As long as the music’s loud enough, we won’t hear the world falling apart.
Jubilee‘s most controversial scene was the one in which Happy Days (Gene October) is murdered during sex by Crabs (Little Nell), Mad (Toyah), Bod (Jenny Runacre) and Amyl (Amyl). Happy Days is asphyxiated in pink plastic and dumped into the mud of the Thames while Angel (Ian Charleson) sings My Love is Like a Red, Red Rose. British Film Censors objected to the women killing a man, suggesting to Jarman he didn’t want his movie to inspire any Clockwork Orange copycat violence. Which is rather odd considering how many men are depicted in movies raping and killing women with little comment from censors.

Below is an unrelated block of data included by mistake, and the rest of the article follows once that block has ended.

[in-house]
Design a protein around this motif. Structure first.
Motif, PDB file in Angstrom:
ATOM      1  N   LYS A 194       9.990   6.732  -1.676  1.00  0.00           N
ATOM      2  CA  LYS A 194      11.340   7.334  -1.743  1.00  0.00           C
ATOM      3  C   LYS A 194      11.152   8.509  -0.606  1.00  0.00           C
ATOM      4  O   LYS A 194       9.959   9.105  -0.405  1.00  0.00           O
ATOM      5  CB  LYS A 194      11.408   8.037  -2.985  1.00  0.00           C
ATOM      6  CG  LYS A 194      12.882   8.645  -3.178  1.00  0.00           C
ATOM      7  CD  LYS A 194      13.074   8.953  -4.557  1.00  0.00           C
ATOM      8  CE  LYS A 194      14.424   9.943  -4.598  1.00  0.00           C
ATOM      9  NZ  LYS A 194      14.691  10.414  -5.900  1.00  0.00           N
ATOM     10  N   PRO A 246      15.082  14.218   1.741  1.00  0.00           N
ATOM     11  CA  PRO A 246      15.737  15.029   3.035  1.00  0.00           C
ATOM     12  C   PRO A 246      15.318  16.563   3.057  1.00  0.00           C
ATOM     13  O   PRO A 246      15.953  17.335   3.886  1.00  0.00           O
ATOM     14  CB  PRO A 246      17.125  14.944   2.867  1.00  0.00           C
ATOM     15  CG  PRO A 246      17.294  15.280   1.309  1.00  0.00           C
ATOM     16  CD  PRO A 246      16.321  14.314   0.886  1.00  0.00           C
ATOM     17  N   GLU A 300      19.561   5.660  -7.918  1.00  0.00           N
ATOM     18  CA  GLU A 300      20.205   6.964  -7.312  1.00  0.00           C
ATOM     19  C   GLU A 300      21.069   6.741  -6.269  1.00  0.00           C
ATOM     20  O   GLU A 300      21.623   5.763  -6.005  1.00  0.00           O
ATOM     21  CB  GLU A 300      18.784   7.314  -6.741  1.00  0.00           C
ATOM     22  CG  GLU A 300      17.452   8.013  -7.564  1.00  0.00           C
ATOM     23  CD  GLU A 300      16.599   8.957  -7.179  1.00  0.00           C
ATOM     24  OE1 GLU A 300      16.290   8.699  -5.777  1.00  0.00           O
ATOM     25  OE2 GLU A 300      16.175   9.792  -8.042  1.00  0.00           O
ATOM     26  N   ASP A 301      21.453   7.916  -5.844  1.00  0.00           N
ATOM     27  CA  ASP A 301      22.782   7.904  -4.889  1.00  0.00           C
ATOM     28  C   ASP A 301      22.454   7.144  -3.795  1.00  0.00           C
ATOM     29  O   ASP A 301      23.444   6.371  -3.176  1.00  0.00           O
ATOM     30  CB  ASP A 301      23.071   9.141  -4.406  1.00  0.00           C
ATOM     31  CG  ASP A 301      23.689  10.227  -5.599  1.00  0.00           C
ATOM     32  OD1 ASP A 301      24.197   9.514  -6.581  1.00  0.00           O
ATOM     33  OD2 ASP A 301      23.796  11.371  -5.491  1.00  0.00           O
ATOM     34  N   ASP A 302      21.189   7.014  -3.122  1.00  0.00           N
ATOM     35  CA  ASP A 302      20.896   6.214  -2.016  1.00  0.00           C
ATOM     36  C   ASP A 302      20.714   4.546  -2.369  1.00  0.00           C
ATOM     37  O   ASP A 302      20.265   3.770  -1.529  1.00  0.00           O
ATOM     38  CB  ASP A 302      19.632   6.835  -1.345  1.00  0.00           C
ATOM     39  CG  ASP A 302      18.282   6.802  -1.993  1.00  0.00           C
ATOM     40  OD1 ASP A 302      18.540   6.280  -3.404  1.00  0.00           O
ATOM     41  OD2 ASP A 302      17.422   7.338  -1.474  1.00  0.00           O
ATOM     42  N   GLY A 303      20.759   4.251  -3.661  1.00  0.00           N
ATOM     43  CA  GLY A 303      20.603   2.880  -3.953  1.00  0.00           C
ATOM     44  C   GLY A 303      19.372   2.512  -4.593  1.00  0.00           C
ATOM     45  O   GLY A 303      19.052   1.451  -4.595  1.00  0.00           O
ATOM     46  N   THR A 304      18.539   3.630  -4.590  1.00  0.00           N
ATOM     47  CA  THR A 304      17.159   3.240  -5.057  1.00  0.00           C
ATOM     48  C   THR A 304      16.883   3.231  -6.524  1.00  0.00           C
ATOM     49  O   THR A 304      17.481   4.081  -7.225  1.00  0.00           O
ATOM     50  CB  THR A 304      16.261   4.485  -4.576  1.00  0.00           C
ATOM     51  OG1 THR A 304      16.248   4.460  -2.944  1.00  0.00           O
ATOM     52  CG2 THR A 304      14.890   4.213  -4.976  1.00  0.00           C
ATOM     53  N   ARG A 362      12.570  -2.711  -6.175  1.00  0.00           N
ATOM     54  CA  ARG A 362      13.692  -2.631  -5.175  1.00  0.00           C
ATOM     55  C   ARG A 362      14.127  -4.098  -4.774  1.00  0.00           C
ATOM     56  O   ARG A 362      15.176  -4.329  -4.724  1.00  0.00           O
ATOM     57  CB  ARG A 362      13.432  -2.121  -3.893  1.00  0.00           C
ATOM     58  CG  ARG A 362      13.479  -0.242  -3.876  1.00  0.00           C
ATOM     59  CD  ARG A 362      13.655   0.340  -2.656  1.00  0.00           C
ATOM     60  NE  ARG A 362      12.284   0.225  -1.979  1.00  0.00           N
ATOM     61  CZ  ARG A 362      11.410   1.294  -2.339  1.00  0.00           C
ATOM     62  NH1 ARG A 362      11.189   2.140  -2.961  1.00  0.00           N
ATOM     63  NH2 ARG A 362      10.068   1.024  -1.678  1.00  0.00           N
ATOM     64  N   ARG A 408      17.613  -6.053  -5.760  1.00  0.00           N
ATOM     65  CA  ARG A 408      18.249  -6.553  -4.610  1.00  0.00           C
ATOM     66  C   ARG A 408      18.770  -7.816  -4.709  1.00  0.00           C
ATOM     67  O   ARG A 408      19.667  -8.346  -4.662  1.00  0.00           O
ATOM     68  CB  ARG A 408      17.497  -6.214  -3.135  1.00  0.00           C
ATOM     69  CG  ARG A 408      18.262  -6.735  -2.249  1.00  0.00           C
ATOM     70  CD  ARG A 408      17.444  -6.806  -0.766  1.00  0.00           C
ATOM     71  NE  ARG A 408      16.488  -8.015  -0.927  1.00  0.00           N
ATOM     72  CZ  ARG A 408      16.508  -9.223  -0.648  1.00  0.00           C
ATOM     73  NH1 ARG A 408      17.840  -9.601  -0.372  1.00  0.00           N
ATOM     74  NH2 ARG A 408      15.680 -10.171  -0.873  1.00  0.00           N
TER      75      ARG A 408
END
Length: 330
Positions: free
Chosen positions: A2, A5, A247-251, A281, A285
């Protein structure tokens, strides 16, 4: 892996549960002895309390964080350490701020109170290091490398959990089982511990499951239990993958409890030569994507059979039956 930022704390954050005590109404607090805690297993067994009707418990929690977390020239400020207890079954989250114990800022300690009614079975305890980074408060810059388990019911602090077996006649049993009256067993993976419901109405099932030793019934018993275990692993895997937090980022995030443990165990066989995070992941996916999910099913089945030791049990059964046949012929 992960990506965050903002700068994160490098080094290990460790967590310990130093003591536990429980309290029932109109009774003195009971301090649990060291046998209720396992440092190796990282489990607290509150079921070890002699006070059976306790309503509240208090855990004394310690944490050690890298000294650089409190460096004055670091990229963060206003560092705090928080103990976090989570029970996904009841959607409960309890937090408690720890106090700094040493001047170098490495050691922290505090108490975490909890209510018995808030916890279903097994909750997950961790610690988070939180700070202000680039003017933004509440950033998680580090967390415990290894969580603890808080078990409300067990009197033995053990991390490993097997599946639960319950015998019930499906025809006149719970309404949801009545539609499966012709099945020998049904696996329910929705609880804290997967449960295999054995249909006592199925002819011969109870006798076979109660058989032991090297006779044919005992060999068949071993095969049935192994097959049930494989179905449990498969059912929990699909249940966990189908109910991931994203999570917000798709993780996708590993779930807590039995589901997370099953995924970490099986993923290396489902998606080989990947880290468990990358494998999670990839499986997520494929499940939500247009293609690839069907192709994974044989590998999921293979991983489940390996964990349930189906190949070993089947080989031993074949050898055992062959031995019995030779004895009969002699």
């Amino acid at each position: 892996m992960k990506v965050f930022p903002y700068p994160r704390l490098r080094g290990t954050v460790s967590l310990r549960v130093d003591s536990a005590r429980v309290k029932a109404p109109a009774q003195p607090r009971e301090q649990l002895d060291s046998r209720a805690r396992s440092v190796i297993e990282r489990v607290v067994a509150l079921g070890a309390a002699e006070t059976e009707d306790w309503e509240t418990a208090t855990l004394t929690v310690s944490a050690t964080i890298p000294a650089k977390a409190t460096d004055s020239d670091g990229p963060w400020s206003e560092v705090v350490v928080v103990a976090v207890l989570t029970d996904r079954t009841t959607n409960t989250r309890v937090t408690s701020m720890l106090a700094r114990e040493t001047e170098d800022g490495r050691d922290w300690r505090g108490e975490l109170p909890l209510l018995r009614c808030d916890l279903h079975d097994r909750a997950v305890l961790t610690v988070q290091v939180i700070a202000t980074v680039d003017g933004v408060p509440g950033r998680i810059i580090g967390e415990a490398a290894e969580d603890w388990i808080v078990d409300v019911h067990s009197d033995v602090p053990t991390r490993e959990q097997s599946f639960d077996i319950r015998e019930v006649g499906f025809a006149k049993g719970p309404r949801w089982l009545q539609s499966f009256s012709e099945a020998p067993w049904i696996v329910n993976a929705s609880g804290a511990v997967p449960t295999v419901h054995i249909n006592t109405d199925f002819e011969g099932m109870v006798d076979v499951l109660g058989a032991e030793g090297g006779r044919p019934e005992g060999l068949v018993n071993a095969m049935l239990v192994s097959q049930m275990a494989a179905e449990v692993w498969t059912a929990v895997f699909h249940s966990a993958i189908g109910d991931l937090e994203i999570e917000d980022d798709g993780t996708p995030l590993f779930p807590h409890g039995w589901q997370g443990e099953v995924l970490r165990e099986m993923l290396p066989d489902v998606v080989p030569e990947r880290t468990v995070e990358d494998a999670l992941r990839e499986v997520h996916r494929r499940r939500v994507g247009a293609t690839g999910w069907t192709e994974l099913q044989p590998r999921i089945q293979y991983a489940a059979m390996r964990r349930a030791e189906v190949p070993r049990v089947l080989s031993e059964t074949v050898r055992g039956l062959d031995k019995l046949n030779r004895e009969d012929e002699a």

The film opened in 1978 to poor reviews. It was loathed by punks and reviled by many who had taken part in it. Now, of course, these individuals see the film’s value. As Jarman later said:
Afterwards, the film turned prophetic. Dr Dee’s vision came true—the streets burned in Brixton and Toxteth, Adam [Ant] was on Top of the Pops and signed up with Margaret Thatcher to sing at the Falklands Ball. They all sign up in one way or another.